After that, we will need to select the data source of the target Hologres and refresh it after adding it. The table User \ _Details can be refreshed, and then we can configure whether this table needs to be automatically created or use the existing table. Here, we will select “We Auto Create Table” and click Next.

In DDL message processing rules, we can configure a variety of policy processing and choose the next step after the rules are configured according to the requirements.

Next, run resource configuration. To synchronize DataWorks data in real time, we usually need a private resource group. Here we have purchased the private resource group, then select the resource group required for each synchronization function, complete the configuration, click Execute Now, and wait for the job to start.

As you can see, the data of POLARDB has been synchronized to the structure table of Hologres in real time.

Next, we can update this table by inserting a new 1004 data into the user\_details table. After successfully inserting the data, we can look at the Hologres structure table.

It can be seen from the background that the data of 1004 has been synchronized to Hologres in real time, as shown below.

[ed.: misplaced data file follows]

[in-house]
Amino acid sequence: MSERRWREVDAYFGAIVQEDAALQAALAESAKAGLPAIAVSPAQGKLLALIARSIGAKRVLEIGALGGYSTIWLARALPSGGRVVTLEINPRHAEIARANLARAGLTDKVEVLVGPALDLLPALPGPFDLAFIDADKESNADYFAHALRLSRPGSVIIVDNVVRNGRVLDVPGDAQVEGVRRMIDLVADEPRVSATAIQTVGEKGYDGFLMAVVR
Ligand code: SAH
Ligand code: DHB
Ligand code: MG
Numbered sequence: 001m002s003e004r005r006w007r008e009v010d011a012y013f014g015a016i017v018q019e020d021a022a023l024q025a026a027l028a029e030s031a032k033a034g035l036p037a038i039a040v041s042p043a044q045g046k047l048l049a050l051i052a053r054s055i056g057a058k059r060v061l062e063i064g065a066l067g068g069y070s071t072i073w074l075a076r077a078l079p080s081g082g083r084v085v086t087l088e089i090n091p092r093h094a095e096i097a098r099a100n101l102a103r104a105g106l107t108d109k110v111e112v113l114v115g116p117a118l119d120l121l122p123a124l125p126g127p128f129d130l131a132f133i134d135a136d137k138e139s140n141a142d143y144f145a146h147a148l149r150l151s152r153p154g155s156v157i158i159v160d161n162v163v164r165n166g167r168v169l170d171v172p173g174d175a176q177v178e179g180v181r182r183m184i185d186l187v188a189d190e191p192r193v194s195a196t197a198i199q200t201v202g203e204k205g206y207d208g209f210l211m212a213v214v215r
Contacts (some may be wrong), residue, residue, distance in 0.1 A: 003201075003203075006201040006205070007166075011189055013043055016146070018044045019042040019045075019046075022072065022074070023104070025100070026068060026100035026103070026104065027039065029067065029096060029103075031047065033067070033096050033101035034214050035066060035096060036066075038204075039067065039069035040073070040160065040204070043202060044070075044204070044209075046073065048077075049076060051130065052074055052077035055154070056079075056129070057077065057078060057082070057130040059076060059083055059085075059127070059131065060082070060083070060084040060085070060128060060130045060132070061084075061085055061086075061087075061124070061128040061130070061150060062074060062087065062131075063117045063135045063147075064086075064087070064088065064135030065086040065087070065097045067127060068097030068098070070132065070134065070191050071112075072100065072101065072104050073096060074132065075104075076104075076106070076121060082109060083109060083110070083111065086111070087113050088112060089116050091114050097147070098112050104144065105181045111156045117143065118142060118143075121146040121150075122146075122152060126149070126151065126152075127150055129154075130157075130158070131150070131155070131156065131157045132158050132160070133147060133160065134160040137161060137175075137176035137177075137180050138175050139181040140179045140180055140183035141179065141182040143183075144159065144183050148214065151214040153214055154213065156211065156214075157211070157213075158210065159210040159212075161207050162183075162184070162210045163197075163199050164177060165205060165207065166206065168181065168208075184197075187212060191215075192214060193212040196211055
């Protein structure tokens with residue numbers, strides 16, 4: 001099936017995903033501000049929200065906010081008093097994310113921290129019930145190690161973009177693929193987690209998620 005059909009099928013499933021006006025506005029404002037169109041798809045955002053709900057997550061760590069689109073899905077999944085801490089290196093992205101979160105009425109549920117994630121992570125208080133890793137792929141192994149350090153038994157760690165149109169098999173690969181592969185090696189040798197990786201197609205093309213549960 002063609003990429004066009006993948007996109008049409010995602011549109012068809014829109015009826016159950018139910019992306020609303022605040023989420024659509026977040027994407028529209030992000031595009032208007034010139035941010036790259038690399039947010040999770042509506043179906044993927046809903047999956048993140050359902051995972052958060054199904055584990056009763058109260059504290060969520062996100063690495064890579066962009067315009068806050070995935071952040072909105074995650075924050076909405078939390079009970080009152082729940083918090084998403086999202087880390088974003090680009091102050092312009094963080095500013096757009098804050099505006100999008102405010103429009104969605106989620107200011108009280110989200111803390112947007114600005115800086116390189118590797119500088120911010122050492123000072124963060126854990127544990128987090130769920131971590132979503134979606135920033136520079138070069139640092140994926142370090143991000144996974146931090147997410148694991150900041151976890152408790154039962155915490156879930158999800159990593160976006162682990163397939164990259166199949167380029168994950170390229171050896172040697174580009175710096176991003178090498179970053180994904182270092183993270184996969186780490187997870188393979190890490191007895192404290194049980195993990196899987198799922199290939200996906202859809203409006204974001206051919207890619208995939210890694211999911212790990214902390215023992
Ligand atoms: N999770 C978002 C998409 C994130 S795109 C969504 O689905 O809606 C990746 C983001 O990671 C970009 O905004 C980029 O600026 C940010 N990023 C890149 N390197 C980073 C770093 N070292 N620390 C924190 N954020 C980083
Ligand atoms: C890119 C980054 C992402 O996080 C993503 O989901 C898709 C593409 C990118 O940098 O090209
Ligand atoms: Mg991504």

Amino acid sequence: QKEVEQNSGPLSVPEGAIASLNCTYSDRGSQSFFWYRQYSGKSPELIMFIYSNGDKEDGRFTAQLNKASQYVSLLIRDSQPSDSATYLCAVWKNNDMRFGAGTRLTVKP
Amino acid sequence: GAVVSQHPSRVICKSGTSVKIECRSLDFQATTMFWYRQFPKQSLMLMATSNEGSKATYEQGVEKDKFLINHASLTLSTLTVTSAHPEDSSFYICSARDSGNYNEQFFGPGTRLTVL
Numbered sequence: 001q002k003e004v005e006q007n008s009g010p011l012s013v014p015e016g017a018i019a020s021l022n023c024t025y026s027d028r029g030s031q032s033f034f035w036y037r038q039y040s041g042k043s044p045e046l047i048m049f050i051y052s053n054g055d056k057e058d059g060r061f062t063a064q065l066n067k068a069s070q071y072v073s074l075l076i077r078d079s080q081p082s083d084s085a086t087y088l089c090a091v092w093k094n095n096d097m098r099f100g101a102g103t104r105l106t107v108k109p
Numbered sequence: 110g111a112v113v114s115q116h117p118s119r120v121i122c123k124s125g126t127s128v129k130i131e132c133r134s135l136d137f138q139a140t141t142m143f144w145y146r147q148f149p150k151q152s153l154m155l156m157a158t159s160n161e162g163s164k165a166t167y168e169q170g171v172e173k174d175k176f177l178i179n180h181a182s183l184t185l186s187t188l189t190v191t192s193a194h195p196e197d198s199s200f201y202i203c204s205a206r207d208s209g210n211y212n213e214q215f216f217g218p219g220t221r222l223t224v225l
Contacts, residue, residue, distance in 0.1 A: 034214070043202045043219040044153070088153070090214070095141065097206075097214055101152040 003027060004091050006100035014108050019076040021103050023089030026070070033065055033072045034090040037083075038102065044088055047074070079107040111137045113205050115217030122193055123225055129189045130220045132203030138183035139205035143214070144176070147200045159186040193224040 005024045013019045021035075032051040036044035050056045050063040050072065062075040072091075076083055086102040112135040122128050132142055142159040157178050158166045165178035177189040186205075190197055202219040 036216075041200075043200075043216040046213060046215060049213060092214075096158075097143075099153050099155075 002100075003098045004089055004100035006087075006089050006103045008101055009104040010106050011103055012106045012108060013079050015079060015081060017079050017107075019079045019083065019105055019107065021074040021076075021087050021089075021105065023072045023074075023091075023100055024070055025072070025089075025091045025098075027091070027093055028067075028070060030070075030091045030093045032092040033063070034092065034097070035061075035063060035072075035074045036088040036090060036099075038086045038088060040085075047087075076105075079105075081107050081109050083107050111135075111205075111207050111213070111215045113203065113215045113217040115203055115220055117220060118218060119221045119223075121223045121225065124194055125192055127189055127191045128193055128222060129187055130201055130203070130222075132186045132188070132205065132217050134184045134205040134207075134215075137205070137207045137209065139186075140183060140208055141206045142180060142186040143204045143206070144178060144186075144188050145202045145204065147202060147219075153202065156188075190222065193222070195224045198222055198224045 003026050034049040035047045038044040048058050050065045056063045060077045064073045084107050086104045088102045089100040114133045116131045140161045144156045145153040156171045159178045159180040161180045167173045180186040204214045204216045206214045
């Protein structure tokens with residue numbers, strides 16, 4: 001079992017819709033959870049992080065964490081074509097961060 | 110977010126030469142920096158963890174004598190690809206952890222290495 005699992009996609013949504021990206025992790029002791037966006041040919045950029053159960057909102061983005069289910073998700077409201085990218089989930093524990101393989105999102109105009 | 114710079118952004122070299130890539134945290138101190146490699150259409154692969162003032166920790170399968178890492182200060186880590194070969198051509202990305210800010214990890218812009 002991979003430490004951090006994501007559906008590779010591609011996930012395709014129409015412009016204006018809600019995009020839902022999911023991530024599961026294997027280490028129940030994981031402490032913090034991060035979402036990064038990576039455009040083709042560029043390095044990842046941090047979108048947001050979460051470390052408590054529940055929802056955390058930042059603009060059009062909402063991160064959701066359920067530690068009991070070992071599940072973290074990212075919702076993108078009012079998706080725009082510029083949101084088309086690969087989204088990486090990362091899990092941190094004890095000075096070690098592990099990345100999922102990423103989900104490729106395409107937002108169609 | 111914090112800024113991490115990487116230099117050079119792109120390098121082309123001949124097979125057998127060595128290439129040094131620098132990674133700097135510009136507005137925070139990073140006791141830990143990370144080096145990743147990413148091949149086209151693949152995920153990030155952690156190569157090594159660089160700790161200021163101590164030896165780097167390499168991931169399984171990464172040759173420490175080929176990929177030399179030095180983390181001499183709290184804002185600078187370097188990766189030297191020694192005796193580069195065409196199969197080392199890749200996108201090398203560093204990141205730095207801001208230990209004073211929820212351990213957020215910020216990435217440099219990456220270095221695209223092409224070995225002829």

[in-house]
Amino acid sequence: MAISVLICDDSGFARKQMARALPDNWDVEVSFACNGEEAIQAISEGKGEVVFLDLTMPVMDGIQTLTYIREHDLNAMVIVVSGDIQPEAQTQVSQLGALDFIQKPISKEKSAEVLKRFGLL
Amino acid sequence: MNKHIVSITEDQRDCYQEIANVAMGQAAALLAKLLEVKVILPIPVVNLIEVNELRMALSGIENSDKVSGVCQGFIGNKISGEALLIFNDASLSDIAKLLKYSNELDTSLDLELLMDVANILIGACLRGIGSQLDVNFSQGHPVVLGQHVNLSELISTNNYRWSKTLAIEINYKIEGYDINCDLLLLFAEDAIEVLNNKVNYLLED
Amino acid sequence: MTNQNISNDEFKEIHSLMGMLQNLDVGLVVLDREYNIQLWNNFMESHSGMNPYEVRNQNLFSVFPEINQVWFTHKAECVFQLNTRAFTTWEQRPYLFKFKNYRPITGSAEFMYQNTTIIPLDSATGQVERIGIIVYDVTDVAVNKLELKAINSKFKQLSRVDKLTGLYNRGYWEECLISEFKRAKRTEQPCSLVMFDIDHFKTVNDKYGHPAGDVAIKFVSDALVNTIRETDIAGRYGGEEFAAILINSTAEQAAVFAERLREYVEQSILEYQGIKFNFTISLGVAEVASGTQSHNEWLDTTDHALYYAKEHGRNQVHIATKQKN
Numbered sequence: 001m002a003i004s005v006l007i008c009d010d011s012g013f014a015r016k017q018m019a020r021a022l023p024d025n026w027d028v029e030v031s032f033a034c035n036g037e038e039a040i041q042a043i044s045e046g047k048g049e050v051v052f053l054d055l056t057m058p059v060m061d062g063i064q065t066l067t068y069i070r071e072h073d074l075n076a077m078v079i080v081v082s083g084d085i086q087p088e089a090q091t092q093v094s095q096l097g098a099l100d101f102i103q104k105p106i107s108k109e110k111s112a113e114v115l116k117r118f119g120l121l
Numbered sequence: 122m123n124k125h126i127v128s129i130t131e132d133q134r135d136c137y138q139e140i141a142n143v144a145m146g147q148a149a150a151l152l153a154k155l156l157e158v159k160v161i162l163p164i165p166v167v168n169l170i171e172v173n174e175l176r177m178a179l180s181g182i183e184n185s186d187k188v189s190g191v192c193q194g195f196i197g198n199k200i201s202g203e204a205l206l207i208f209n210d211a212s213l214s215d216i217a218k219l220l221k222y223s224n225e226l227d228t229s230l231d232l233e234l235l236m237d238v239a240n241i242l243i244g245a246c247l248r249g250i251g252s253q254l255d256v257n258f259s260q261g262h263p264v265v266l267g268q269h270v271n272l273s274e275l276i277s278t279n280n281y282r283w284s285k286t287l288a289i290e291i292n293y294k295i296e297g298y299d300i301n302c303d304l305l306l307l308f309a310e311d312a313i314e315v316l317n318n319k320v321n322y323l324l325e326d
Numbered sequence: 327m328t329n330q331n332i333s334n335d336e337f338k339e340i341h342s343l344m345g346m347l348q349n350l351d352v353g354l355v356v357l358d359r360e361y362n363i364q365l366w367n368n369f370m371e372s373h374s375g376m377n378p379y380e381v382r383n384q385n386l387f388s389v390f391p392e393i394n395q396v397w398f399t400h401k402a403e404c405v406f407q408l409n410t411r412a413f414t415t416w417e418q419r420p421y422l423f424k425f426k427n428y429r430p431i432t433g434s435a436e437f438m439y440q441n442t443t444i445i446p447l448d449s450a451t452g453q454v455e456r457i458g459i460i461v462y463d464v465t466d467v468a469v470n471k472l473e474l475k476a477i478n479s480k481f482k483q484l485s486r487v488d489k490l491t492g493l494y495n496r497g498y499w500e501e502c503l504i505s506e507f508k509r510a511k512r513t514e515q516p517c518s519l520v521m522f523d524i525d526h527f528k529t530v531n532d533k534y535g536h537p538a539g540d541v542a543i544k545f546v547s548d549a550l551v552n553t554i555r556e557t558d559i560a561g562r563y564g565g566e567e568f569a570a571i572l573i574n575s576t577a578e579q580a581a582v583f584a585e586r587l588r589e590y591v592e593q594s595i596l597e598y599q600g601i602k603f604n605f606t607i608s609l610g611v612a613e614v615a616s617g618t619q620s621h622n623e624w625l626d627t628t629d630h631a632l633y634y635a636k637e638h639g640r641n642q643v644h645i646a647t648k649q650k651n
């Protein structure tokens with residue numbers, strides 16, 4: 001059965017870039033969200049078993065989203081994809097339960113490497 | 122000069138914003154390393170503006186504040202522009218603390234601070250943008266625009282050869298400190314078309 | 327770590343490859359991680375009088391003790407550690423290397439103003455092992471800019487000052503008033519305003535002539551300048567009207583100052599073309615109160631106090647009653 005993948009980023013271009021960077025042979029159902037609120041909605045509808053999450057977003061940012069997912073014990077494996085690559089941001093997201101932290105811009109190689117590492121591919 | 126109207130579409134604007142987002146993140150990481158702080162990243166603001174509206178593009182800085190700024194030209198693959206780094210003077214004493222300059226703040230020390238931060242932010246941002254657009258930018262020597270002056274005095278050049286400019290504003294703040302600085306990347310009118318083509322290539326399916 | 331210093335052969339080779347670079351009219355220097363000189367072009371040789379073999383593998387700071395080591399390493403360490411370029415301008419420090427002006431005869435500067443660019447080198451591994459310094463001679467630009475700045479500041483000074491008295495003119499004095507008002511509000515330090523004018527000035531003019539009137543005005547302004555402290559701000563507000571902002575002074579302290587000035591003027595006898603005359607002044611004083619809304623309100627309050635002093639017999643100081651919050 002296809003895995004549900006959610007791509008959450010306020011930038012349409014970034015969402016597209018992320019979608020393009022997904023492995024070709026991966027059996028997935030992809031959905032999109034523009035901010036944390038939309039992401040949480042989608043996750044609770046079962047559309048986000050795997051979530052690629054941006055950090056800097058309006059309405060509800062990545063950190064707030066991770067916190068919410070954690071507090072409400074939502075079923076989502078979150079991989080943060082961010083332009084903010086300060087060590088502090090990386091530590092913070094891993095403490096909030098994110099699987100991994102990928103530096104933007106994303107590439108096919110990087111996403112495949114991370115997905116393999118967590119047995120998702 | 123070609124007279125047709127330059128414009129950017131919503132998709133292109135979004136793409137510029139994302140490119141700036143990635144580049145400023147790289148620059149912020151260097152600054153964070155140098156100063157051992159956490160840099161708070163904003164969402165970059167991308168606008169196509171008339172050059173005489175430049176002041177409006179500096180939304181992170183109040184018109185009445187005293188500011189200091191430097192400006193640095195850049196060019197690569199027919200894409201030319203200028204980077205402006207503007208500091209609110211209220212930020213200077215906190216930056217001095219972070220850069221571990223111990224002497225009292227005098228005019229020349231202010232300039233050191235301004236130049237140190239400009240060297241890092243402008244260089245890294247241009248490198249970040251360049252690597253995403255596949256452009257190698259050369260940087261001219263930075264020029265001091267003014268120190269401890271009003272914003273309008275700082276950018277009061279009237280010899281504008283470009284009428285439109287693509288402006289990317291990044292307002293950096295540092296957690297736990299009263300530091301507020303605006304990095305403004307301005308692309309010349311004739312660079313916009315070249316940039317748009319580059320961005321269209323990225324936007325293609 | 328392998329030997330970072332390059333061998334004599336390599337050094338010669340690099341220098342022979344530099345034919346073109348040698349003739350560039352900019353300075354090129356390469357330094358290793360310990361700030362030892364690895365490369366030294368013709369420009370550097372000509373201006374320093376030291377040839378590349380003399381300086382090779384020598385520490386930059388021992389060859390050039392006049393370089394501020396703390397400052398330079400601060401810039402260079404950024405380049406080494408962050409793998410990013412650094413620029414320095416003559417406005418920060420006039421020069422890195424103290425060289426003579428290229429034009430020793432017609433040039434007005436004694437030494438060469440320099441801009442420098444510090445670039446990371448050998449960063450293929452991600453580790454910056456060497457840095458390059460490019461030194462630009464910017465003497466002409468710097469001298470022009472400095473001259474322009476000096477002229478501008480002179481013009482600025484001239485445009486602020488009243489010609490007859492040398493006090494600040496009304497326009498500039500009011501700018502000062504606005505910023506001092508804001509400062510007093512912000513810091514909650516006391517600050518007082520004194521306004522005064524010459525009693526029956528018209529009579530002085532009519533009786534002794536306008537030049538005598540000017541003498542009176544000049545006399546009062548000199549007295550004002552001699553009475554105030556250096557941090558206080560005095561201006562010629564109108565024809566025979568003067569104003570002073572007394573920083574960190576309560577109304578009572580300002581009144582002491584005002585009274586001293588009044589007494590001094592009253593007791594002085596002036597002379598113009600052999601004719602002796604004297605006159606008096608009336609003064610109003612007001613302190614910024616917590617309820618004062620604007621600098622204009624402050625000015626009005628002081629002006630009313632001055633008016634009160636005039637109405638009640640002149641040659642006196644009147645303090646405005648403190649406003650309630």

As you can see from the above demonstration, it is very easy to synchronize data from a database to Hologres using DataWorks’ real-time synchronizing Hologres feature.

Frequently Asked Questions and Future Prospects

(I) Real-time calculation of common problems of Flink Hologres Connector

With the Hologres application scenarios mentioned above and a few demos, let’s take a look at some of the common problems encountered during the use of Hologres.

Q: The job failed to start and could not connect to Hologres. A: The Hologres instance needs to be in the same Region as the Flink cluster and use the VPC Endpoint.

Q: Real-time writing of result table data is not as expected. A: This is usually caused by A retracement and requires the ignoreDelete parameter to be set correctly.